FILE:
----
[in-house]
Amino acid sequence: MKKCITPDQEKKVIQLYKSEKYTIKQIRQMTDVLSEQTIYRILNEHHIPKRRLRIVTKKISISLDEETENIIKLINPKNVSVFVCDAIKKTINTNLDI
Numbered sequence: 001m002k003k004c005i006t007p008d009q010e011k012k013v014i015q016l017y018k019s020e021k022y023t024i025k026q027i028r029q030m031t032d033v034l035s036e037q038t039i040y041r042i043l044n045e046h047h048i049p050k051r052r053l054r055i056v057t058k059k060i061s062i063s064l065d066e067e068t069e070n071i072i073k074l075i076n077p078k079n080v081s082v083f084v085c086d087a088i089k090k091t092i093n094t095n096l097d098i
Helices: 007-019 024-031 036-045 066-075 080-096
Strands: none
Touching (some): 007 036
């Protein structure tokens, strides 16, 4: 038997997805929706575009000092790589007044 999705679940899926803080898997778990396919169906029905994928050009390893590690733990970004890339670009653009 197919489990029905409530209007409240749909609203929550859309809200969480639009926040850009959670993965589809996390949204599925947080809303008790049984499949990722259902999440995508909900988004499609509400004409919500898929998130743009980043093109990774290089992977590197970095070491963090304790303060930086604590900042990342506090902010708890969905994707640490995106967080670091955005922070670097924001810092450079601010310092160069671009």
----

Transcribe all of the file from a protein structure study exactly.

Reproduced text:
[in-house]
Amino acid sequence: MKKCITPDQEKKVIQLYKSEKYTIKQIRQMTDVLSEQTIYRILNEHHIPKRRLRIVTKKISISLDEETENIIKLINPKNVSVFVCDAIKKTINTNLDI
Numbered sequence: 001m002k003k004c005i006t007p008d009q010e011k012k013v014i015q016l017y018k019s020e021k022y023t024i025k026q027i028r029q030m031t032d033v034l035s036e037q038t039i040y041r042i043l044n045e046h047h048i049p050k051r052r053l054r055i056v057t058k059k060i061s062i063s064l065d066e067e068t069e070n071i072i073k074l075i076n077p078k079n080v081s082v083f084v085c086d087a088i089k090k091t092i093n094t095n096l097d098i
Helices: 007-019 024-031 036-045 066-075 080-096
Strands: none
Touching (some): 007 036
């Protein structure tokens, strides 16, 4: 038997997805929706575009000092790589007044 999705679940899926803080898997778990396919169906029905994928050009390893590690733990970004890339670009653009 197919489990029905409530209007409240749909609203929550859309809200969480639009926040850009959670993965589809996390949204599925947080809303008790049984499949990722259902999440995508909900988004499609509400004409919500898929998130743009980043093109990774290089992977590197970095070491963090304790303060930086604590900042990342506090902010708890969905994707640490995106967080670091955005922070670097924001810092450079601010310092160069671009």